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Grown Your Own Summer Herbs

Savor Your Summer Herbs! Growing your own herbs for the summer will make your food taste like the summer vacation you deserve!

There is something about the freshness of summer herbs that can’t be beat. I would definitely recommend bringing them into the mix of your meals at home. It’s such an easy way to boost your meal with nutrients and flavor, not to mention it’s a really fun way to get to know the variety of herbs that are available to you.

Although it is easy nowadays to access organic herbs at your local store or market, if you have the ability to grow your own, I would definitely recommend the latter.

There is no denying the intense flavor homegrown herbs like basil or oregano will add to your meals. You can start with a very simple home garden if you have access to a yard, or you can grow in small pots in your window. It’s such a great way to connect with nature directly – especially if you grow indoors during the winter months. All you really need a pot, good quality soil, sunlight, and water!

Gardening is also a calming and relaxing activity for the mind and body, so it’s a great way to spend your time.

There is also no denying that having fresh herbs on demand when you need them is a great feeling.

Also, if you are going to grow at home, you may as well make it organic. There is a significant difference in taste. You have peace of mind knowing there were no pesticides sprayed on your herbs. There won’t be any chemical residue on your plants either. Organic herbs also have a higher vitamin and mineral content. They will also save you money as it is so much cheaper to grow your own than buy organic in store, and you will yield so much more.

How or Where to Use Herbs:

  • Pesto
  • Pasta Sauces
  • Salad Dressing
  • Roasted Potatoes
  • Roasted Vegetables
  • Savory Baked Goods
  • Stews
  • Soups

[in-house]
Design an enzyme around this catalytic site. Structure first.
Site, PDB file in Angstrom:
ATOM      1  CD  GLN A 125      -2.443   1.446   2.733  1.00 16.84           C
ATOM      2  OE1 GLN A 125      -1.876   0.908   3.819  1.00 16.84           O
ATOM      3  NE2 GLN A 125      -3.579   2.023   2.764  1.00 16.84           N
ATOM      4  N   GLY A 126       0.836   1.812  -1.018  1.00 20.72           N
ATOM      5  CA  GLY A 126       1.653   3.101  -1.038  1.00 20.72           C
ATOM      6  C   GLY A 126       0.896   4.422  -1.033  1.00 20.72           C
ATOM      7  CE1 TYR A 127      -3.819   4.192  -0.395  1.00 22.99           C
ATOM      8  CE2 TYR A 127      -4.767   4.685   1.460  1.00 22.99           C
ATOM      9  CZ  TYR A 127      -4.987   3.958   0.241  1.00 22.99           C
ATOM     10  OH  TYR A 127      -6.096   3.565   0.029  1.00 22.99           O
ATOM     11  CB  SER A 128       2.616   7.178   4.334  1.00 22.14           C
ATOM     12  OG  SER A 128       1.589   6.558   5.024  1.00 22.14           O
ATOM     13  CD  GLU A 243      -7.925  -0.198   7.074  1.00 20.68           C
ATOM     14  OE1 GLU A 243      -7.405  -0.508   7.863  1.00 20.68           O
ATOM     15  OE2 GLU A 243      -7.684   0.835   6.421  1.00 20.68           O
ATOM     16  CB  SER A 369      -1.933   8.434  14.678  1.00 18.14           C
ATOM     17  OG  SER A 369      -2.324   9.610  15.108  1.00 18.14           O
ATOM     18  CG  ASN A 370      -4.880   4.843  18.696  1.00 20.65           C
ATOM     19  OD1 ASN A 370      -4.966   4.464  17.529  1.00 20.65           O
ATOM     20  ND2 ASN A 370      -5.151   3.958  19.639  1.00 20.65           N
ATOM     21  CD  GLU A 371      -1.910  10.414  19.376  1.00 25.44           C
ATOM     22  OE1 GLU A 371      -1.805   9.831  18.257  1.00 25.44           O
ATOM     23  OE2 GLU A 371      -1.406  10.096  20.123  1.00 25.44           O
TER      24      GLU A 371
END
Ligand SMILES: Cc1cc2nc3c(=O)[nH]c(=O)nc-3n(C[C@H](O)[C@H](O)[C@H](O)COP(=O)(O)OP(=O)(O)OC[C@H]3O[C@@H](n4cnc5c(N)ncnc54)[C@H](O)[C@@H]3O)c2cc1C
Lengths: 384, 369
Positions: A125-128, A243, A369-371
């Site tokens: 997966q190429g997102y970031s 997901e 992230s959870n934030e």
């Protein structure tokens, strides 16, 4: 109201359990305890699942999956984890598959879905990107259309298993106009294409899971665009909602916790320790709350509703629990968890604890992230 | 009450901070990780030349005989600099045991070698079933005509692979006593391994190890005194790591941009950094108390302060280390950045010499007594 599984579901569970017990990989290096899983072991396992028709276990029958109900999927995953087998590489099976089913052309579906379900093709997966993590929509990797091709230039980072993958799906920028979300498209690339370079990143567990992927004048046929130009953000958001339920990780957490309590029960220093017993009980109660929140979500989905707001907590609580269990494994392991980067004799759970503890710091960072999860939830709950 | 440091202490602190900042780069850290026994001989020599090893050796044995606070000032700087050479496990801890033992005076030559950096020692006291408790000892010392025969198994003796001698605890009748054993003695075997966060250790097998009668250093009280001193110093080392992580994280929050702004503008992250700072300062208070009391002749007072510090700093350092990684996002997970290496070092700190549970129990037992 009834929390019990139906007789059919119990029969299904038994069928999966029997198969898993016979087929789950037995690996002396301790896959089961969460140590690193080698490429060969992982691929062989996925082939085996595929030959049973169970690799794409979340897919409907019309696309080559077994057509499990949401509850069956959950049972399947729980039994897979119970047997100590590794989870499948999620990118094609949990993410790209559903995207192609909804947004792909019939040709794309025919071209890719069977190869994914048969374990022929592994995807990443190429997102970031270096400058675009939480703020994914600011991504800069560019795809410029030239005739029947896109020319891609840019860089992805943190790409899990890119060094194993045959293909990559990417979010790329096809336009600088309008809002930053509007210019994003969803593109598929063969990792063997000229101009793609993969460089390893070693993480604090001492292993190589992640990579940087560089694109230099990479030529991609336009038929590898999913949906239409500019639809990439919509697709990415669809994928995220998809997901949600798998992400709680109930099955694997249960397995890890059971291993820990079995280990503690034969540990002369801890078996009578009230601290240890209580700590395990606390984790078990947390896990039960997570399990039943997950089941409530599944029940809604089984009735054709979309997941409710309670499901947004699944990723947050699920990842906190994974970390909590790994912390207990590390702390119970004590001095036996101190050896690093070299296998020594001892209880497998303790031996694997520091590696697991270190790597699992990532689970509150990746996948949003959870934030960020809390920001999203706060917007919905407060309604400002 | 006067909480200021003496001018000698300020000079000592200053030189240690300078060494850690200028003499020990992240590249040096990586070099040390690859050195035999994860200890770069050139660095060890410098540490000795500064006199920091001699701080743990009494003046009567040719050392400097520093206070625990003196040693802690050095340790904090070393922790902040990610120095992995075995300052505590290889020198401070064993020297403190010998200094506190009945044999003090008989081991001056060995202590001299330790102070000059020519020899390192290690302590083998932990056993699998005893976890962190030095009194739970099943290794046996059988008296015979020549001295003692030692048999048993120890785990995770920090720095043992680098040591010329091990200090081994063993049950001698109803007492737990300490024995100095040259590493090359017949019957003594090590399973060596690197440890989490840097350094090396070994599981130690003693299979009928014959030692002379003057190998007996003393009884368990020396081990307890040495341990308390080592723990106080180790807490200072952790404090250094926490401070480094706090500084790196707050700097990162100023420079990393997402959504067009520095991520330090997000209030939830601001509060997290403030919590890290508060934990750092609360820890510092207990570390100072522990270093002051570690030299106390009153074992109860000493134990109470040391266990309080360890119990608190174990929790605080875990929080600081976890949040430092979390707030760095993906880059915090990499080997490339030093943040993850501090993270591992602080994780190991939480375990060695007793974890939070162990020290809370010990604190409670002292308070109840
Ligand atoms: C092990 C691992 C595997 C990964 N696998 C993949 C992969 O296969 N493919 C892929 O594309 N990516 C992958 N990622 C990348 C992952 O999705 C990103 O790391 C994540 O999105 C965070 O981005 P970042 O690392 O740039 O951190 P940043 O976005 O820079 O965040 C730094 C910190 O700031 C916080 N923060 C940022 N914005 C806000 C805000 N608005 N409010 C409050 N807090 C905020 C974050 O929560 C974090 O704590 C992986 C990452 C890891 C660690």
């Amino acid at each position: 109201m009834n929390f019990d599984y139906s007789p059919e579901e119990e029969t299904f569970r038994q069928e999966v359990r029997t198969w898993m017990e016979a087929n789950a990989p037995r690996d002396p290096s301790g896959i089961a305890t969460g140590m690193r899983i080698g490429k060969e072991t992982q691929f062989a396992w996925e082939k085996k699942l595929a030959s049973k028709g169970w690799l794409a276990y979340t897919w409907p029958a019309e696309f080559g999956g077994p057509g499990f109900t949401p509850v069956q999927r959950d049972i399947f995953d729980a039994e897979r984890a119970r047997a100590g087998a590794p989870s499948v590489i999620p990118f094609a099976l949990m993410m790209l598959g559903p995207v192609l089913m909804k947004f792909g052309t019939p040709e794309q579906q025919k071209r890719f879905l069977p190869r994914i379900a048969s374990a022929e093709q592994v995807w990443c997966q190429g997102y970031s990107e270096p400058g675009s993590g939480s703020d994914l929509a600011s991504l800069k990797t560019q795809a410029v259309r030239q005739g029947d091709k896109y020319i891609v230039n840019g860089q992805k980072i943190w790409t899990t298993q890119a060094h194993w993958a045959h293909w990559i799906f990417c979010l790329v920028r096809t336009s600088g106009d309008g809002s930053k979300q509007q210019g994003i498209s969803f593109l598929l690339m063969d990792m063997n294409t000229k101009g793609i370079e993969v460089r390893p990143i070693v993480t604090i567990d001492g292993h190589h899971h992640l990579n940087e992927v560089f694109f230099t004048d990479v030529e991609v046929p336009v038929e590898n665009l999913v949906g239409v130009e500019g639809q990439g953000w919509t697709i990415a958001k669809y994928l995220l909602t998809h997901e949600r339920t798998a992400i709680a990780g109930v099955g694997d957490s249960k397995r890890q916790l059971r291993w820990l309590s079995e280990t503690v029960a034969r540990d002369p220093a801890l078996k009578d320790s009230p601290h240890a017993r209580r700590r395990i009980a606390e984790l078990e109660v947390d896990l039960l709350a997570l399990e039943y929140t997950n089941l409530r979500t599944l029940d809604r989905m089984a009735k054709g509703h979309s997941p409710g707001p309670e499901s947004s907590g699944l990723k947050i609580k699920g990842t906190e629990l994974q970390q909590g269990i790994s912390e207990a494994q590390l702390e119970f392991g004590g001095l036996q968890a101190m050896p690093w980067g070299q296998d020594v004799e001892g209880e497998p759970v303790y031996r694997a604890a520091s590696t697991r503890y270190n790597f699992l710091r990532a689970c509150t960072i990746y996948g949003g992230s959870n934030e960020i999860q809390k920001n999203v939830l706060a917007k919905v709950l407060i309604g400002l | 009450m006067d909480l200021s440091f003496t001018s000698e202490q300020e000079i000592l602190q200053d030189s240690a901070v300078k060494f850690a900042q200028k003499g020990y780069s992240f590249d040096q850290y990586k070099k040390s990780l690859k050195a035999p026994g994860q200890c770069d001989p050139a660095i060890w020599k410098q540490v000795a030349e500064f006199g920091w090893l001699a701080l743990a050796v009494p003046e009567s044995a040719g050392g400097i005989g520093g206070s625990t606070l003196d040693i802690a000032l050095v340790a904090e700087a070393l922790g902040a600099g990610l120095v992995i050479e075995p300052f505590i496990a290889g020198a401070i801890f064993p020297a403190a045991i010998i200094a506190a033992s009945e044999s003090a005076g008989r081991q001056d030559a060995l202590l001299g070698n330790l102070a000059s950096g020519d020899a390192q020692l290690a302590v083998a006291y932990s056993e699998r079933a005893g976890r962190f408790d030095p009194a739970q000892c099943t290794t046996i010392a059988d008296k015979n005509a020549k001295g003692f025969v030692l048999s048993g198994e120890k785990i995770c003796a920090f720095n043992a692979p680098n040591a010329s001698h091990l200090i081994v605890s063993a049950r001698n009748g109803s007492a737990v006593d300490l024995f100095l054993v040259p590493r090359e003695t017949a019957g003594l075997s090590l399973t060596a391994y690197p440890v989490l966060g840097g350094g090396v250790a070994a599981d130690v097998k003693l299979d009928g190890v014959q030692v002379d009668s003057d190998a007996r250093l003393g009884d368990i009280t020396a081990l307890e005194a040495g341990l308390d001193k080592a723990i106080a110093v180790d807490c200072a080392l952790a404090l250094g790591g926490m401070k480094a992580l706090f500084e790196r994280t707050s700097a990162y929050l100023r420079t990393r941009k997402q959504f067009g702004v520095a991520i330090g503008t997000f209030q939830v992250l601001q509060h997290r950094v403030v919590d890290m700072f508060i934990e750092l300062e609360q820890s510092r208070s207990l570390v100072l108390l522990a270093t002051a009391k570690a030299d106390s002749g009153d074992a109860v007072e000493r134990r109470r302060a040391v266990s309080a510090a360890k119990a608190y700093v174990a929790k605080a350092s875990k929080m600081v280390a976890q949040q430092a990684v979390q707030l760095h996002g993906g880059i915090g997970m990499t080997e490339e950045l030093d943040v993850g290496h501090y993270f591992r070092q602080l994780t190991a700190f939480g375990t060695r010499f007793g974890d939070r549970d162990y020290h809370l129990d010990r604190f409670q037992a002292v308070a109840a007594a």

• Cocktails
  • Dips
  • Compound Butter

Here are some of my favorite herbs and some tips on how to use them and how they benefit you.


Most common: sweet basil, Thai basil, purple basil and lemon basil

Used in pesto’s, salads, marinades

Basil easy to grow in container, or larger garden

Does well in well-drained, moist soil

Grows well in warmth, and needs 6hrs sun/day

Health benefits – anti-inflammatory, antioxidant, immune booster + is high in Vit K, Vit A, Vit C


Pungent, earthy taste, piney aroma & distinctive flavor

Used mostly with meat, roasted vegetables, soups & stews, cocktails, and great in marinades

Can be used fresh or dry

Can be grown outdoors in warm weather, indoors in cooler temperatures

Perennial plant, however if you live in a cooler climate you’ll have to transplant to pot & bring indoors over the winter

Keep plant well-drained, needs 6–8hrs/day of sunlight

Let soil dry out between watering

Health benefits – improve memory, soothes digestion, and relieves muscle aches & pains


Subtle, savory note that complements many dishes

Soups, stews, roasted meats and vegetables

Two types of thyme – ornamental and culinary

It can stay outdoors during the winter, and will spring new leaves in spring

Thrives in hot conditions, loves full sun

Doesn’t need a lot of water or attention, making it super easy to grow

Health benefits – antiseptic, antibacterial, antispasmodic, hypertensive & calming properties

Great for hormones, menstrual and menopause symptoms

Supports immune respiratory, digestive and nervous systems


Performs well in both garden or indoors

2 categories of oregano – Mediterranean and Mexican

Mediterranean – mint family

Mexican – relative of lemon verbena

Hardy perennial, that returns year after year without much work

Potency can decrease after several years, even if plant still continues to grow

Plant in light, well-drained soil

Performs well in part to full sun

Grows well indoors with adequate heat & sun

Don’t overwater, water only when soil is dry

Health benefits: antibacterial, antiviral and antifungal

How to Store Herbs

  • Keep basil fresh by trimming stems and place in glass jar of water like flowers at room temperature
  • Rosemary: loosely wrap sprigs in a damp cloth in a reusable storage container
  • Thyme: keep in cool, dry place for several days, or store in reusable storage container in refrigerator
  • Oregano: store fresh leaves in a glass of water with a plastic bag loosely over glass, it can also be frozen

Whatever you decide is the best approach to adding fresh herbs into your culinary creations – buying fresh organic or growing at home, have fun and get creative. You will love having your meals infused with these green goddesses.

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